It is commonly referred to as the Clearing and Forwarding Instructions. Such instructions are made out on a shipment level. There are two components namely 1) Clearing, and 2) Forwarding. The completion of the form is a requirement by the LSP (Logistics Service Provider) for a Trader to ‘instruct’ or inform them of clearing and forwarding requirements.
The ‘forwarding’ components of any instruction is not a legal requirement. It assists a LSP to understand all logistical requirements per shipment. Examples of forwarding instructions may include the mode of transport, packing, loading, delivery, unpacking requirements, temperature control during transport, and any special requirements.
The Customs Clearance information on the instructions is a legal requirement in both the old and the new Customs legislation. The Clearance Instruction is dealt with in section 176(1)(c) of the Customs Control Act number 31 of 2014, and in Rule 7.6 of the Rules to the Act. SARS has not provided a standard template of this form.
LSPs therefore improvise by setting up their own templates. While traders are generally requested to complete the “Agents” Clearing and Forwarding Instructions, some large traders use their own templates. There is nothing untoward about whoever’s template is used, so long as the minimum legal requirements are contained therein. Some large Traders supplement the Clearing and Forwarding Instructions with SOPs (Standard Operating Procedures). The SOPs are designed to apply to all shipments as a standard requirement of the Trader’s needs, i.e. for large quantities of highly repetitive clearances. This allows the instruction form to be simplified or even nullified. Such methods are normally accompanied by indemnities at contractual level.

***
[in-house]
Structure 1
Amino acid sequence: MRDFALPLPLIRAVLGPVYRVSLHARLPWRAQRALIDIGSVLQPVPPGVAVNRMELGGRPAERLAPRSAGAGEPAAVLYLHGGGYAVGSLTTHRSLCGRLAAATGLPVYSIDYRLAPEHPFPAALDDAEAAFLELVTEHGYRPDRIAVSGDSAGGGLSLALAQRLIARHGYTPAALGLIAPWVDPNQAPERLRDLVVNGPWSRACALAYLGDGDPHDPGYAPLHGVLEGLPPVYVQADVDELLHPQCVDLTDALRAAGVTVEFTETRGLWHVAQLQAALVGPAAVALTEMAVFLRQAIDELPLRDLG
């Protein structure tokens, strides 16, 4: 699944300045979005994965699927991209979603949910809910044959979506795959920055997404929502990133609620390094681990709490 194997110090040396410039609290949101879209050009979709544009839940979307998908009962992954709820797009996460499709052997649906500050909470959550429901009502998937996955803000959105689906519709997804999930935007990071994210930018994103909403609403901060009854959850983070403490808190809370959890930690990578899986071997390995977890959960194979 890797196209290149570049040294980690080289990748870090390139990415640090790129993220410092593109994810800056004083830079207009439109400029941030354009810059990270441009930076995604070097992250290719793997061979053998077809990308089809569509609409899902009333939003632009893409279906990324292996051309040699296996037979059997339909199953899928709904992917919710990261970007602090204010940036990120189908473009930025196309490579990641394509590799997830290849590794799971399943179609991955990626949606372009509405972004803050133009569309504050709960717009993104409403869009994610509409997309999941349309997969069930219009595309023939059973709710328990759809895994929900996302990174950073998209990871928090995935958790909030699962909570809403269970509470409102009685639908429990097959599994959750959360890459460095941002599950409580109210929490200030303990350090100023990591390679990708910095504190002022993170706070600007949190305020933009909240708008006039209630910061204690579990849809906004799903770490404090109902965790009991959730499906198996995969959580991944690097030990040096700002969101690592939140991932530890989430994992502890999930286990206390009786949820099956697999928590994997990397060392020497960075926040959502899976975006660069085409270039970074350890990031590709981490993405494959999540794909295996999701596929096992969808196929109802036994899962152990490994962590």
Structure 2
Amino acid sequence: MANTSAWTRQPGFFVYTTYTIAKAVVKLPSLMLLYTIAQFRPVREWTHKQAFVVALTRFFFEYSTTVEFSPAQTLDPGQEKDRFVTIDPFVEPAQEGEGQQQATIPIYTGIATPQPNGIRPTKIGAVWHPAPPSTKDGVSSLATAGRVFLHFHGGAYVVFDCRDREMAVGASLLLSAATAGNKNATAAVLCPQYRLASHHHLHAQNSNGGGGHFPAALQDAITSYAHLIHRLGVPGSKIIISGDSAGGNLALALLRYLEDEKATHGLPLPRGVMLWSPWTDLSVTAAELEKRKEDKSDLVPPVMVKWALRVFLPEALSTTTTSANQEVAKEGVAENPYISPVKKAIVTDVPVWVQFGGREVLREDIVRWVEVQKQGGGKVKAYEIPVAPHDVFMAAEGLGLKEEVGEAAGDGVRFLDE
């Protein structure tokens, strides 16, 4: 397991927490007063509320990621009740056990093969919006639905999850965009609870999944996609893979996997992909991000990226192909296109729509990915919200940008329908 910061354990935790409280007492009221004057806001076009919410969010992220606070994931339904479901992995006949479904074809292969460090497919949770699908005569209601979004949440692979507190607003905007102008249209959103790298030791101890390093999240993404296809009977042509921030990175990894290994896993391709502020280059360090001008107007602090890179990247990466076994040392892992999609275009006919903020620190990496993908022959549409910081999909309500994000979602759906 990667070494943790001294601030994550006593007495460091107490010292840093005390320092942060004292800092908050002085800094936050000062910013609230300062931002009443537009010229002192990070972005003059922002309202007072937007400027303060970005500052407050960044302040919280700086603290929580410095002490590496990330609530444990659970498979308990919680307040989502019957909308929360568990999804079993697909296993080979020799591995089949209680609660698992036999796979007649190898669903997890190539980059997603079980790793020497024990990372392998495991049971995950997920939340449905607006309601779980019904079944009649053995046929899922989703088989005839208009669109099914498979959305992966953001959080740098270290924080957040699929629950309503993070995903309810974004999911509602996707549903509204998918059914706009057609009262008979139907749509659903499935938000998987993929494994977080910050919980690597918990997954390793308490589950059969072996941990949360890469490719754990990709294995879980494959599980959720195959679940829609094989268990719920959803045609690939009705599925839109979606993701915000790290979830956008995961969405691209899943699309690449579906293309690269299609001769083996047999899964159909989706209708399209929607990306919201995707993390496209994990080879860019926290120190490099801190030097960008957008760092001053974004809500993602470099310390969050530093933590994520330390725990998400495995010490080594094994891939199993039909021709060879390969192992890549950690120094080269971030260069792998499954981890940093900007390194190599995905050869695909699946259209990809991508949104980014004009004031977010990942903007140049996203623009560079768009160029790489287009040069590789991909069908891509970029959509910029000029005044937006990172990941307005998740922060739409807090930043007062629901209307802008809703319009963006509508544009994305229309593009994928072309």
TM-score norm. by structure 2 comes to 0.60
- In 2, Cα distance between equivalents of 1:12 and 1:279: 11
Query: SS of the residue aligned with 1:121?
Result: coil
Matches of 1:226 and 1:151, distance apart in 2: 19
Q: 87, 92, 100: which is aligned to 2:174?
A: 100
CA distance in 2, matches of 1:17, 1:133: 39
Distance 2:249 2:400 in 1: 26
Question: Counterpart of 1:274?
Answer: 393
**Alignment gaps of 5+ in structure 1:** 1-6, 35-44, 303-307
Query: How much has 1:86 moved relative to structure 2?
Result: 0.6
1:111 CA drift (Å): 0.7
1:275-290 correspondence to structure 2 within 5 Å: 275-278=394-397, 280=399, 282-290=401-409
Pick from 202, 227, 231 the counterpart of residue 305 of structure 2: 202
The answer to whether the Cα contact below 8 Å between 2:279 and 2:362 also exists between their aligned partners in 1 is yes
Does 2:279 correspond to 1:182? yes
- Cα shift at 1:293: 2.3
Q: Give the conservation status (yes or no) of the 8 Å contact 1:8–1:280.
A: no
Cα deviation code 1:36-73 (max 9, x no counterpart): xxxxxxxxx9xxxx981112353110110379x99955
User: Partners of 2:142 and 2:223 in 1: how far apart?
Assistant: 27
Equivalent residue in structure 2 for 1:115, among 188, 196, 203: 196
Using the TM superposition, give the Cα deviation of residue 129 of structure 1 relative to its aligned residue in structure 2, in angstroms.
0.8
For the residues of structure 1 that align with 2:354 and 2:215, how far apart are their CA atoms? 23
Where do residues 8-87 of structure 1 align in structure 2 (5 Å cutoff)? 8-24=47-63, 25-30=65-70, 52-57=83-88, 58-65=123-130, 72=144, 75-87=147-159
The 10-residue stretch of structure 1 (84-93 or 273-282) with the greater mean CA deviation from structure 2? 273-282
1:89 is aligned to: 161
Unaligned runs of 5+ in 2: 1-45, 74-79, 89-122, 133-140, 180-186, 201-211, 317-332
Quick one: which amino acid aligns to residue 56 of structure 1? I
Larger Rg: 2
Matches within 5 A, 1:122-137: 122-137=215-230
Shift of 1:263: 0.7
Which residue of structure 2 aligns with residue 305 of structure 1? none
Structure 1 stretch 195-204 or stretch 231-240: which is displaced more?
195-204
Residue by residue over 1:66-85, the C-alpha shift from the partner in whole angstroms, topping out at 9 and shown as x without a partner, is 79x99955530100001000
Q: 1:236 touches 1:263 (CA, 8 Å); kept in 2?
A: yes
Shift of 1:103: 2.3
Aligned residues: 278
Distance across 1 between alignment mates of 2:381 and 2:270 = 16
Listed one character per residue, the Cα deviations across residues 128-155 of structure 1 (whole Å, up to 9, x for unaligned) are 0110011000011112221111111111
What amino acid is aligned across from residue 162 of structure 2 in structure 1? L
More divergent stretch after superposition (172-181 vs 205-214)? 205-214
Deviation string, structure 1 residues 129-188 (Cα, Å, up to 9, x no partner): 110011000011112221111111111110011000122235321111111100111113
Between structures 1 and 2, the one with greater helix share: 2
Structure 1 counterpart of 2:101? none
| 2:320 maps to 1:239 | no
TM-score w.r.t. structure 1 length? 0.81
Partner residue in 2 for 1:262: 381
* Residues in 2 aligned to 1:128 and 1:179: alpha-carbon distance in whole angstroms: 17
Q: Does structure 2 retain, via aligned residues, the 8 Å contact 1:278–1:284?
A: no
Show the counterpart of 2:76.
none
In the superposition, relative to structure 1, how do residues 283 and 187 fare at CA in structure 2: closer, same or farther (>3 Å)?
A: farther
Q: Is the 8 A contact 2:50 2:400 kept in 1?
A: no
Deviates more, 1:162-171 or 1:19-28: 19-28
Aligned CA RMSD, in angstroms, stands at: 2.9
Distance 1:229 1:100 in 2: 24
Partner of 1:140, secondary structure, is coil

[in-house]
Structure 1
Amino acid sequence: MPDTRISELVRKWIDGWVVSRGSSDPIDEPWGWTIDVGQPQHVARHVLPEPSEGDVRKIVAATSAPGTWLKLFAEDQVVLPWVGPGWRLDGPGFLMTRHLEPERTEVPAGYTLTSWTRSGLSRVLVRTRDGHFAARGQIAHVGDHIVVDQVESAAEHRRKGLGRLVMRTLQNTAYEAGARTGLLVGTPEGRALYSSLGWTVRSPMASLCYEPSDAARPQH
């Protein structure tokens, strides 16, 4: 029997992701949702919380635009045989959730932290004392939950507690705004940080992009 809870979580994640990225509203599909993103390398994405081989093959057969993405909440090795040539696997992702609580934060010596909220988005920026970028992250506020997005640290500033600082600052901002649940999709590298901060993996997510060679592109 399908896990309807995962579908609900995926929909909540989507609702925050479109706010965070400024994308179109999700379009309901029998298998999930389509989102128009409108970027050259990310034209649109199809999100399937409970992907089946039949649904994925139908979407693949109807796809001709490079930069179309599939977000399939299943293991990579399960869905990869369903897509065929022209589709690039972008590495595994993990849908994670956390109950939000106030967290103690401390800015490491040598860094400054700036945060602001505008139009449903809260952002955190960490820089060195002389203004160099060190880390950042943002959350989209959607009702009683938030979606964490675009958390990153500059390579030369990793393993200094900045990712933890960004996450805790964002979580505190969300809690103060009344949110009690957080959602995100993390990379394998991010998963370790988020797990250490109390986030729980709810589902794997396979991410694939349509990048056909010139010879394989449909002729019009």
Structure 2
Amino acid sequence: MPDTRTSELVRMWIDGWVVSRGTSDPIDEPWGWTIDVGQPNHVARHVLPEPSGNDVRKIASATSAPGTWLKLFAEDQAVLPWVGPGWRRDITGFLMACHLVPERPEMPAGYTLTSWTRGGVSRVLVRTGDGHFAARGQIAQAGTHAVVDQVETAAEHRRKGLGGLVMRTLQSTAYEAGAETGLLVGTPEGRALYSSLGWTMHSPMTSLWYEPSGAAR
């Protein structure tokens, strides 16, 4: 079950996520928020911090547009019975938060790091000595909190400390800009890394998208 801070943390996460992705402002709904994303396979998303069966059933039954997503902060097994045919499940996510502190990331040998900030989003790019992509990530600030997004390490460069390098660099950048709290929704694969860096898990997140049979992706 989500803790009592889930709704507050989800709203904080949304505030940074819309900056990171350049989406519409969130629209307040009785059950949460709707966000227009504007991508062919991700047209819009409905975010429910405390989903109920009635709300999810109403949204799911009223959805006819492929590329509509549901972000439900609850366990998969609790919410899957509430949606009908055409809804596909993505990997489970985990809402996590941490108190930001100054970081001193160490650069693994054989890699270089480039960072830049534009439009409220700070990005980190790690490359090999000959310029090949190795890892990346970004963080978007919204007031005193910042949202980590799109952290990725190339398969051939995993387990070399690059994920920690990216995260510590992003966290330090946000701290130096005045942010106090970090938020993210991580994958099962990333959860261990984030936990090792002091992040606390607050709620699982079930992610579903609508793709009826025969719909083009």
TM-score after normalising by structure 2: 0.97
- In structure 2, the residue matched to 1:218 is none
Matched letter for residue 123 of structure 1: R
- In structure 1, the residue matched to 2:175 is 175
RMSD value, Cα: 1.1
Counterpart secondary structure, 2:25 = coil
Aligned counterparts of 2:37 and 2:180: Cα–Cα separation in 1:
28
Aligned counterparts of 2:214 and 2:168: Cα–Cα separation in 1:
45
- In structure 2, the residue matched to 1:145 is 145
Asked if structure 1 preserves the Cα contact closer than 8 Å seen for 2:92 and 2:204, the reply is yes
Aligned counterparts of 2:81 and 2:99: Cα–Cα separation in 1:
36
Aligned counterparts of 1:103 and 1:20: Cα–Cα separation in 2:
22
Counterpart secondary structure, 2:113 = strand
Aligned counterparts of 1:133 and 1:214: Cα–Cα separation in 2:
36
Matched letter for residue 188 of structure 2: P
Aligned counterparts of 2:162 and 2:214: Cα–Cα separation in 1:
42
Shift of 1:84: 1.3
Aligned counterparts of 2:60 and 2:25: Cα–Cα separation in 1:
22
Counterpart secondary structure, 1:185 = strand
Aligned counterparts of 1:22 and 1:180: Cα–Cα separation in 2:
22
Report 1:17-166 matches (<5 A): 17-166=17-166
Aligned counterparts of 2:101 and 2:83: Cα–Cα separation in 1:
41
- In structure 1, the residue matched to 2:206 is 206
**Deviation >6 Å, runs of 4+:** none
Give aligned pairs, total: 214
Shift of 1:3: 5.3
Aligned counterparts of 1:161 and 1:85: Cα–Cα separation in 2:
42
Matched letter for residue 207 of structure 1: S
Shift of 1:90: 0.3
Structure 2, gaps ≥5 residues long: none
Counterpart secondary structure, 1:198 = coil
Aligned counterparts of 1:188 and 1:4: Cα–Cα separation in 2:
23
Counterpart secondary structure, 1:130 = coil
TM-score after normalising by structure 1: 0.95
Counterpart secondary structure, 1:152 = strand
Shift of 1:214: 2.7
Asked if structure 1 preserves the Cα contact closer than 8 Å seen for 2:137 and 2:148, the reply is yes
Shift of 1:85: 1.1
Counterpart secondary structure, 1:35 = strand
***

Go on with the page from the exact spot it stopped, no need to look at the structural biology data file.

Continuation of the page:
So, what are the consequences of incorrect instructions, or not using instructions at all? Any incorrect or false information supplied to SARS Customs is an offence in terms of the legislation. The instruction shows the real intention of the trader at time of clearance. For example, if the importer requires a shipment to be cleared under rebate of duty but who accidentally instructs the LSP to bring duties to account, SARS Customs may argue that the importer had no intention to make use of the rebate facilities in the first instance. The importer will have a tough time qualifying for a reimbursement of the duties in a subsequent refund application. One occasionally lands up seeking legal recourse which is a cumbersome affair.
In the new legislation, a consequence of the Clearance Instruction not being utilised at all is that all Customs liabilities may become transferred from a Trader to the LSP. While this may appear to set the Trader free from Customs liability, the Trader may in the same instance lose legal standing over his own shipment. This double dilemma (i.e. transfer of liability and losing legal standing) affects both parties negatively.
In the new legislation, the Clearance Instructions will become more important for the clearance of goods than before.